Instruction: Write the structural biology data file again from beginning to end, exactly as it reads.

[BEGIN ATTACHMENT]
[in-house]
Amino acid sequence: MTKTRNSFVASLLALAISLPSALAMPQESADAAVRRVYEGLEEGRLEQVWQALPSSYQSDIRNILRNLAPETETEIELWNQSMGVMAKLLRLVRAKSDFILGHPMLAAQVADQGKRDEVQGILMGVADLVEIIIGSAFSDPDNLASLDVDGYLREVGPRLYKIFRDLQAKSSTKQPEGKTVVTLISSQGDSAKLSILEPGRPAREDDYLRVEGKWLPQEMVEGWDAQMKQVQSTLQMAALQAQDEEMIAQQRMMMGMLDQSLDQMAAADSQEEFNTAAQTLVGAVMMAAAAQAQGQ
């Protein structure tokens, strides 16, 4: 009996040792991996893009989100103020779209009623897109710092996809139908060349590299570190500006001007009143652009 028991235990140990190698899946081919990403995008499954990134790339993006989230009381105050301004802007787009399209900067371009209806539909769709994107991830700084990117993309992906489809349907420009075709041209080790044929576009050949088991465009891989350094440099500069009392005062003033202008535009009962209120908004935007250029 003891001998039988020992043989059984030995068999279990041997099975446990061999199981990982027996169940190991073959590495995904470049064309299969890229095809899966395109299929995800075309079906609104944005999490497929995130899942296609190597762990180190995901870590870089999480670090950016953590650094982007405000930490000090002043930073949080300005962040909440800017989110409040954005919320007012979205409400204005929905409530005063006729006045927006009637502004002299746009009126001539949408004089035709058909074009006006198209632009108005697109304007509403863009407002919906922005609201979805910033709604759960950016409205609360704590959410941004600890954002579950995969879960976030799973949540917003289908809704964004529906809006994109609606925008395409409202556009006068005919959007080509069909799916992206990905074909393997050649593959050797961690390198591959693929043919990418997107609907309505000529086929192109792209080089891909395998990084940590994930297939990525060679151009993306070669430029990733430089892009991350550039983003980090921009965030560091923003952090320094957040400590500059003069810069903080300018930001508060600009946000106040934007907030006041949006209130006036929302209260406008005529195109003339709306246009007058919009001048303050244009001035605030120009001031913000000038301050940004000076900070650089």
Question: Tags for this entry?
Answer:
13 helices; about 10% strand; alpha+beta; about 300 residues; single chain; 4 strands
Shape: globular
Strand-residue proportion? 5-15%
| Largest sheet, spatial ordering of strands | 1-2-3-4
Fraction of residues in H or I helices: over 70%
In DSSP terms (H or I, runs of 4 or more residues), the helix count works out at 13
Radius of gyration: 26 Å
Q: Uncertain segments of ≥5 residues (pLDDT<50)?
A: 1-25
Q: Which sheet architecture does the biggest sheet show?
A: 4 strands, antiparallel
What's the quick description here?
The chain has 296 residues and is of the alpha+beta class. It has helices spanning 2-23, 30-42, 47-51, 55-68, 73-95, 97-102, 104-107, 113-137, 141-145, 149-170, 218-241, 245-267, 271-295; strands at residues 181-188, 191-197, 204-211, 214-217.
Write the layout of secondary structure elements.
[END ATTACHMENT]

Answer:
[in-house]
Amino acid sequence: MTKTRNSFVASLLALAISLPSALAMPQESADAAVRRVYEGLEEGRLEQVWQALPSSYQSDIRNILRNLAPETETEIELWNQSMGVMAKLLRLVRAKSDFILGHPMLAAQVADQGKRDEVQGILMGVADLVEIIIGSAFSDPDNLASLDVDGYLREVGPRLYKIFRDLQAKSSTKQPEGKTVVTLISSQGDSAKLSILEPGRPAREDDYLRVEGKWLPQEMVEGWDAQMKQVQSTLQMAALQAQDEEMIAQQRMMMGMLDQSLDQMAAADSQEEFNTAAQTLVGAVMMAAAAQAQGQ
């Protein structure tokens, strides 16, 4: 009996040792991996893009989100103020779209009623897109710092996809139908060349590299570190500006001007009143652009 028991235990140990190698899946081919990403995008499954990134790339993006989230009381105050301004802007787009399209900067371009209806539909769709994107991830700084990117993309992906489809349907420009075709041209080790044929576009050949088991465009891989350094440099500069009392005062003033202008535009009962209120908004935007250029 003891001998039988020992043989059984030995068999279990041997099975446990061999199981990982027996169940190991073959590495995904470049064309299969890229095809899966395109299929995800075309079906609104944005999490497929995130899942296609190597762990180190995901870590870089999480670090950016953590650094982007405000930490000090002043930073949080300005962040909440800017989110409040954005919320007012979205409400204005929905409530005063006729006045927006009637502004002299746009009126001539949408004089035709058909074009006006198209632009108005697109304007509403863009407002919906922005609201979805910033709604759960950016409205609360704590959410941004600890954002579950995969879960976030799973949540917003289908809704964004529906809006994109609606925008395409409202556009006068005919959007080509069909799916992206990905074909393997050649593959050797961690390198591959693929043919990418997107609907309505000529086929192109792209080089891909395998990084940590994930297939990525060679151009993306070669430029990733430089892009991350550039983003980090921009965030560091923003952090320094957040400590500059003069810069903080300018930001508060600009946000106040934007907030006041949006209130006036929302209260406008005529195109003339709306246009007058919009001048303050244009001035605030120009001031913000000038301050940004000076900070650089």
Question: Tags for this entry?
Answer:
13 helices; about 10% strand; alpha+beta; about 300 residues; single chain; 4 strands
Shape: globular
Strand-residue proportion? 5-15%
| Largest sheet, spatial ordering of strands | 1-2-3-4
Fraction of residues in H or I helices: over 70%
In DSSP terms (H or I, runs of 4 or more residues), the helix count works out at 13
Radius of gyration: 26 Å
Q: Uncertain segments of ≥5 residues (pLDDT<50)?
A: 1-25
Q: Which sheet architecture does the biggest sheet show?
A: 4 strands, antiparallel
What's the quick description here?
The chain has 296 residues and is of the alpha+beta class. It has helices spanning 2-23, 30-42, 47-51, 55-68, 73-95, 97-102, 104-107, 113-137, 141-145, 149-170, 218-241, 245-267, 271-295; strands at residues 181-188, 191-197, 204-211, 214-217.
Write the layout of secondary structure elements.